The phrase higher-priced products is very common, but isn’t it grammatically incorrect?
The adjective higher is being forced to servce as an adverb here, so the phrase should instead be more highly priced.
What’s the verdict?
adverb, high·er, high·est.
- at or to a high point, place, or level.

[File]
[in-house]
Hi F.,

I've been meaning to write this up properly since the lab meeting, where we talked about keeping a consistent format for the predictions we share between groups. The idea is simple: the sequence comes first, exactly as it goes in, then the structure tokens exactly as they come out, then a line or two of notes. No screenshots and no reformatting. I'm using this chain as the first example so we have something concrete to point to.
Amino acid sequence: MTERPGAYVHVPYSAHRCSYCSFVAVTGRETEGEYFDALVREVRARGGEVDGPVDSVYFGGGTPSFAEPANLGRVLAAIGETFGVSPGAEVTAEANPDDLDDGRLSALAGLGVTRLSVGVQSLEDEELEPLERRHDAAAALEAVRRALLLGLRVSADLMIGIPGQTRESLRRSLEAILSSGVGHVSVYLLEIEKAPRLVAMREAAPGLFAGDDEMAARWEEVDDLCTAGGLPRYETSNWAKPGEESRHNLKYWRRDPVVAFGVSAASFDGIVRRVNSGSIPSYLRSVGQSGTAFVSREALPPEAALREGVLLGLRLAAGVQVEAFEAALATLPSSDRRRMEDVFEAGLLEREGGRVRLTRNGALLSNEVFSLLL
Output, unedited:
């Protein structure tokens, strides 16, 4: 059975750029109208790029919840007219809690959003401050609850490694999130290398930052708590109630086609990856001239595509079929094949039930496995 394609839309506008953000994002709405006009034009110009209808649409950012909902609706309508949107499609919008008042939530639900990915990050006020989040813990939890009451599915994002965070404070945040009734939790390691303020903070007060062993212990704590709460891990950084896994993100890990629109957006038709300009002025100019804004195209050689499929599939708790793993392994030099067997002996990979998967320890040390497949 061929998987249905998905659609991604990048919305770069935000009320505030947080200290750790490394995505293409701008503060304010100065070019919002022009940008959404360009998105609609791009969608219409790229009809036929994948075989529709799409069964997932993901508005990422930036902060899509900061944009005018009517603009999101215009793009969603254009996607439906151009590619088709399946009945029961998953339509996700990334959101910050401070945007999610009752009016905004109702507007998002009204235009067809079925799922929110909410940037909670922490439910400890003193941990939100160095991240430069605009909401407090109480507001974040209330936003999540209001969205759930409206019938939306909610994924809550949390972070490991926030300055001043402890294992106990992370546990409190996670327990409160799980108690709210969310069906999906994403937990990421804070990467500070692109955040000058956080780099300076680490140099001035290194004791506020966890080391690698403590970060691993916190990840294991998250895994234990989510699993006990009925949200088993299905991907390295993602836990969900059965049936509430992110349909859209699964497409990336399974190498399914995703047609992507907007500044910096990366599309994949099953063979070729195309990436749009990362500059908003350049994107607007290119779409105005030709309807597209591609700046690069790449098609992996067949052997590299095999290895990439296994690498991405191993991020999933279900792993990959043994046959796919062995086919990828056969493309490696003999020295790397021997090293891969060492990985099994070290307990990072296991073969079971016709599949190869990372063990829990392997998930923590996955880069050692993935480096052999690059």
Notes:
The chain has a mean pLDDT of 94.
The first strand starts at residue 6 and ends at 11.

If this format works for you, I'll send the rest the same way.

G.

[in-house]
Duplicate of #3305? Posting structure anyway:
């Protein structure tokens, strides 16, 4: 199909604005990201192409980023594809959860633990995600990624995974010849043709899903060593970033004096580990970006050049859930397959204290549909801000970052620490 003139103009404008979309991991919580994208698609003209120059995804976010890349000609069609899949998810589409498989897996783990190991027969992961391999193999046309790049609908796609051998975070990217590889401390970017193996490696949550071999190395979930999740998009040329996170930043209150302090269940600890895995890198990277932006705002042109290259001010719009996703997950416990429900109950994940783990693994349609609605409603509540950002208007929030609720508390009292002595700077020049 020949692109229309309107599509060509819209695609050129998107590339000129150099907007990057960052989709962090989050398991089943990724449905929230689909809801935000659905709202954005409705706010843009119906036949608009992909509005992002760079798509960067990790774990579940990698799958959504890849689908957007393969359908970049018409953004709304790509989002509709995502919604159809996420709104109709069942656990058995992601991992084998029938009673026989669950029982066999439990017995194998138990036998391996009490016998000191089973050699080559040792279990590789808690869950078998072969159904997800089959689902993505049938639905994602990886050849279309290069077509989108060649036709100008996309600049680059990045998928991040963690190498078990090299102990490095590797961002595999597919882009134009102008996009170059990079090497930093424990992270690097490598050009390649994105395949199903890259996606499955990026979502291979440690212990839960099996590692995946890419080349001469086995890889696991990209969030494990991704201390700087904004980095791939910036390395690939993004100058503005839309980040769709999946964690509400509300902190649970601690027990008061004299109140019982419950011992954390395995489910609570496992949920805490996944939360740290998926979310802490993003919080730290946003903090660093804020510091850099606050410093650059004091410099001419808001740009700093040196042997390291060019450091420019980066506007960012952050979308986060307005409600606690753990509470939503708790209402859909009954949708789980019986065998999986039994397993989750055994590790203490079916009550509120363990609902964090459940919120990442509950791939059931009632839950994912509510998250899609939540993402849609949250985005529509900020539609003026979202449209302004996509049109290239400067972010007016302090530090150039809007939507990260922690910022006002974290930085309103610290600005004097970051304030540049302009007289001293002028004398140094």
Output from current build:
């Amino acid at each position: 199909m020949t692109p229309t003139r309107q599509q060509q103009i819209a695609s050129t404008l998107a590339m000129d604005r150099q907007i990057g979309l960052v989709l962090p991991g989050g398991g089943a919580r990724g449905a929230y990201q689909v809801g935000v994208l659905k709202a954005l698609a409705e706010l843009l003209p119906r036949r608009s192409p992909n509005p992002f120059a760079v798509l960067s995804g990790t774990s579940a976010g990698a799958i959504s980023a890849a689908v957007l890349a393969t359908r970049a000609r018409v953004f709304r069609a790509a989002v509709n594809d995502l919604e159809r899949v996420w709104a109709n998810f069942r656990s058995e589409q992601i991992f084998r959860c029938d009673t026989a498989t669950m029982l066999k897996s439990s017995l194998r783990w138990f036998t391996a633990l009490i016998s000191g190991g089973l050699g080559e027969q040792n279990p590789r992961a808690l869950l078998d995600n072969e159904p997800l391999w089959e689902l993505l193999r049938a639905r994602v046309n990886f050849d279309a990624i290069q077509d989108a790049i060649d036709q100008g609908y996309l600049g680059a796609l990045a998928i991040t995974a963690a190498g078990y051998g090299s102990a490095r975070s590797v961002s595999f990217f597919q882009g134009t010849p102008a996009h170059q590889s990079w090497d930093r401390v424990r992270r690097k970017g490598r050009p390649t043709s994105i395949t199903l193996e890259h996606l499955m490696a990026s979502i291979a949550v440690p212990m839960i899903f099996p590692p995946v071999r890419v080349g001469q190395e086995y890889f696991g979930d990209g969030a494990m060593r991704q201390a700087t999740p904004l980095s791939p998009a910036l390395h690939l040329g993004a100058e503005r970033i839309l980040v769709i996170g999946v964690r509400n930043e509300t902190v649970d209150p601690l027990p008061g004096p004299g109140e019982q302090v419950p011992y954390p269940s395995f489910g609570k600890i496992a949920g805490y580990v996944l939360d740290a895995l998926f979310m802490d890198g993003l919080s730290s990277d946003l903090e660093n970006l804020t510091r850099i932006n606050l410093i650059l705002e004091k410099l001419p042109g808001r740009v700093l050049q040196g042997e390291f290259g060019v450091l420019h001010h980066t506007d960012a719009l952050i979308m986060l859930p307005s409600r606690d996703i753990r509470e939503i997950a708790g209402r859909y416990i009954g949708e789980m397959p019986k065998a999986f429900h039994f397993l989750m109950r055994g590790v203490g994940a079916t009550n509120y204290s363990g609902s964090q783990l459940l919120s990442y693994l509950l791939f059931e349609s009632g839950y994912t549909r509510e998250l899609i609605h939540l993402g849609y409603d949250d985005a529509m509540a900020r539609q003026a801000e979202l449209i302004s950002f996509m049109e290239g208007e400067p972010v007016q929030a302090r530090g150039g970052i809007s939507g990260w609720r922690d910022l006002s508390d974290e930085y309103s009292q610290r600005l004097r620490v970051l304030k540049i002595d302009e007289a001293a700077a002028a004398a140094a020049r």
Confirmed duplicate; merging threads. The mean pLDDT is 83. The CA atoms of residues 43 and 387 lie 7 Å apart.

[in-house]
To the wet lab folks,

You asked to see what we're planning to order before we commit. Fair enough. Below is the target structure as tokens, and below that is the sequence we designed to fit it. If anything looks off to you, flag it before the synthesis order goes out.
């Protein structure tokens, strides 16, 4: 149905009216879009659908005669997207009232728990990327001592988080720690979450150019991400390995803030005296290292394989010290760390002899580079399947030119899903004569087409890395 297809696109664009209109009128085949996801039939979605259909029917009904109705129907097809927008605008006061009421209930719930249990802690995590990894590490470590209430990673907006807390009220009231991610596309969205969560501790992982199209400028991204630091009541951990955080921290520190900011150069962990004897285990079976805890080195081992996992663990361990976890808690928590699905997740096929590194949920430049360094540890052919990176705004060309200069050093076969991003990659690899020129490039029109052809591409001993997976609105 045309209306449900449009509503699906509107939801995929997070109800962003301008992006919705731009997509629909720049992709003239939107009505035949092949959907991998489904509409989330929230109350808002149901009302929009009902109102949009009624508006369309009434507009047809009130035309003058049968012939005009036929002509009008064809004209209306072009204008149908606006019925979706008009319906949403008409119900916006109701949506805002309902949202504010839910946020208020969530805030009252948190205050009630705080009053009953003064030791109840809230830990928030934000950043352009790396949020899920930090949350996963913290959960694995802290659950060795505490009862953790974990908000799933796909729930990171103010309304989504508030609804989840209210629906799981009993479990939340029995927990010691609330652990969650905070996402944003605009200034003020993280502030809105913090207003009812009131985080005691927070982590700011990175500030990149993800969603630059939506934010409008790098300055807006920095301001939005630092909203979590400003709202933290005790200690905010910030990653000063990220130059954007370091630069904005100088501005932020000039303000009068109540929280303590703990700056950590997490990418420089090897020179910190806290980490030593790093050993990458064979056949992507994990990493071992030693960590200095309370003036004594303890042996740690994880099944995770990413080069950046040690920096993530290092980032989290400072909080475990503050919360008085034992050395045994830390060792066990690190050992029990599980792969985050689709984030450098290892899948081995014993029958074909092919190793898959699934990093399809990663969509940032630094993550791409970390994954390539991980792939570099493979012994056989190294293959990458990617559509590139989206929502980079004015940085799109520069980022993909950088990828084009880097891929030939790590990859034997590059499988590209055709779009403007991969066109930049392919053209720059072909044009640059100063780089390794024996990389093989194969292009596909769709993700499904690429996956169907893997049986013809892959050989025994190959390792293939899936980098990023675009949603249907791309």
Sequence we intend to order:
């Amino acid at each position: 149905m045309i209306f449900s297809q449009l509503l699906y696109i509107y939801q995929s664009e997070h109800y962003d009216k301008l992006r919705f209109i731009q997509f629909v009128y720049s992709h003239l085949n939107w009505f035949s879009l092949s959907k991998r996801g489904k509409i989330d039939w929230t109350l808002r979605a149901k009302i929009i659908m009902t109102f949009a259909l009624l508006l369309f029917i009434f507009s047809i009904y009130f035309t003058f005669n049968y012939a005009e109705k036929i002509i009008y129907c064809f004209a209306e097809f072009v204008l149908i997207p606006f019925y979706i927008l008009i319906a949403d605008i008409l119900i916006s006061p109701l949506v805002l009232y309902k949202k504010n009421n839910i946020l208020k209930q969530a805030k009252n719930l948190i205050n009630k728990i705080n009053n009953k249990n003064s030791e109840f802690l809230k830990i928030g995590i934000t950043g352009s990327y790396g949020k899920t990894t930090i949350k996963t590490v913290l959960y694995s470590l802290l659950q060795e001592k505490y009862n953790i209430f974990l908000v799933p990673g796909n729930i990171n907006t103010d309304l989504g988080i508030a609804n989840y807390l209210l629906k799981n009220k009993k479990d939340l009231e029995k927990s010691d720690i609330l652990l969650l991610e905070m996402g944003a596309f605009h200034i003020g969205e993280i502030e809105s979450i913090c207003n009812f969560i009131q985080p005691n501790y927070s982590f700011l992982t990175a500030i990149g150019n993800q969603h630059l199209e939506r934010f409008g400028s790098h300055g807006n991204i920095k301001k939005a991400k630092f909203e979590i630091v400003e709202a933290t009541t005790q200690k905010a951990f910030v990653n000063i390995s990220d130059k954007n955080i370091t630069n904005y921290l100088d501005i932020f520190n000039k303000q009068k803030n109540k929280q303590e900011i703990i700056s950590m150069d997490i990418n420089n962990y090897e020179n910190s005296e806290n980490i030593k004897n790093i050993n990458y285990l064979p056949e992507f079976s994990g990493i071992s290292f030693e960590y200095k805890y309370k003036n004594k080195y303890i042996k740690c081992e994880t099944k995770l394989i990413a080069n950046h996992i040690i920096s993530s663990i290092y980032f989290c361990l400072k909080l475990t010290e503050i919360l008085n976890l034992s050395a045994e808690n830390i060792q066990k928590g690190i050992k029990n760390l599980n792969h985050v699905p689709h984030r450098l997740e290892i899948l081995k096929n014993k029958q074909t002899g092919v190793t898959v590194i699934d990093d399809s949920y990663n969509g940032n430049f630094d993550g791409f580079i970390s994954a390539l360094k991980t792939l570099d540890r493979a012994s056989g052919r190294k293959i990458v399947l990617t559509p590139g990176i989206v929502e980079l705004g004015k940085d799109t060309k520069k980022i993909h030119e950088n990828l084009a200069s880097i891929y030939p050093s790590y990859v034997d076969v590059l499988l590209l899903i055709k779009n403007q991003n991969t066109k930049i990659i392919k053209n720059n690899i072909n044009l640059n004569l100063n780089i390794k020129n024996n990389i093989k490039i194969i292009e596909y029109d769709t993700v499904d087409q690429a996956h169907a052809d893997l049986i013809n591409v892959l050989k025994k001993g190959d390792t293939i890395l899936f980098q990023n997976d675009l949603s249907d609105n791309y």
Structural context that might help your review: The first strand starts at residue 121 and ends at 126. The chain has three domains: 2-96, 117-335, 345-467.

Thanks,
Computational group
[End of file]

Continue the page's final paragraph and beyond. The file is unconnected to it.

- in or to a high rank or estimate: He aims high in his political ambitions.
American Heritage Dictionary agrees:
adv. higher, highest
- At, in, or to a lofty position, level, or degree: saw a plane flying high in the sky; prices that had gone too high.
- In an extravagant or luxurious way: made a fortune and lived high.